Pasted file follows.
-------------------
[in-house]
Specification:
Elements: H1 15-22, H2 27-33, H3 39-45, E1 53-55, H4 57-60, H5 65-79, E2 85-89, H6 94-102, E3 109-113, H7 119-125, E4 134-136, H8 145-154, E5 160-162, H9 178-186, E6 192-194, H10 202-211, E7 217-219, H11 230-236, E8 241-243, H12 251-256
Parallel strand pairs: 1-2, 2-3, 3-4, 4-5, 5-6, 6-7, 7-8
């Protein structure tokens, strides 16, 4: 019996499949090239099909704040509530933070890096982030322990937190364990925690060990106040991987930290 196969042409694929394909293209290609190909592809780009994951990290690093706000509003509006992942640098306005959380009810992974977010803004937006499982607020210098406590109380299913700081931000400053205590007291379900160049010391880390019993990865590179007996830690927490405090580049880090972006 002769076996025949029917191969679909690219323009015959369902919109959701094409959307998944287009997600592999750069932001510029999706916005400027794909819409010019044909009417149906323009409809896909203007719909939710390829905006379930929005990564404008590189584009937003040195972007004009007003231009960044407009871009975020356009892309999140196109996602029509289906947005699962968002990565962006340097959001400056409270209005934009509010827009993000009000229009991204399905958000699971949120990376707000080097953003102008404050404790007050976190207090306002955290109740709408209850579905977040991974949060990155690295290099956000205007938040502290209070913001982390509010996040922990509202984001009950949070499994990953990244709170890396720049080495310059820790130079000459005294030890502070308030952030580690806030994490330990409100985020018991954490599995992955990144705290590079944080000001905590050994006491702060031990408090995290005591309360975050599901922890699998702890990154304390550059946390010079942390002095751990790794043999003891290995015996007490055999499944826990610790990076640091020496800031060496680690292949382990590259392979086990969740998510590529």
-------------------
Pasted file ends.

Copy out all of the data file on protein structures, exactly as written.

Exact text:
[in-house]
Specification:
Elements: H1 15-22, H2 27-33, H3 39-45, E1 53-55, H4 57-60, H5 65-79, E2 85-89, H6 94-102, E3 109-113, H7 119-125, E4 134-136, H8 145-154, E5 160-162, H9 178-186, E6 192-194, H10 202-211, E7 217-219, H11 230-236, E8 241-243, H12 251-256
Parallel strand pairs: 1-2, 2-3, 3-4, 4-5, 5-6, 6-7, 7-8
């Protein structure tokens, strides 16, 4: 019996499949090239099909704040509530933070890096982030322990937190364990925690060990106040991987930290 196969042409694929394909293209290609190909592809780009994951990290690093706000509003509006992942640098306005959380009810992974977010803004937006499982607020210098406590109380299913700081931000400053205590007291379900160049010391880390019993990865590179007996830690927490405090580049880090972006 002769076996025949029917191969679909690219323009015959369902919109959701094409959307998944287009997600592999750069932001510029999706916005400027794909819409010019044909009417149906323009409809896909203007719909939710390829905006379930929005990564404008590189584009937003040195972007004009007003231009960044407009871009975020356009892309999140196109996602029509289906947005699962968002990565962006340097959001400056409270209005934009509010827009993000009000229009991204399905958000699971949120990376707000080097953003102008404050404790007050976190207090306002955290109740709408209850579905977040991974949060990155690295290099956000205007938040502290209070913001982390509010996040922990509202984001009950949070499994990953990244709170890396720049080495310059820790130079000459005294030890502070308030952030580690806030994490330990409100985020018991954490599995992955990144705290590079944080000001905590050994006491702060031990408090995290005591309360975050599901922890699998702890990154304390550059946390010079942390002095751990790794043999003891290995015996007490055999499944826990610790990076640091020496800031060496680690292949382990590259392979086990969740998510590529």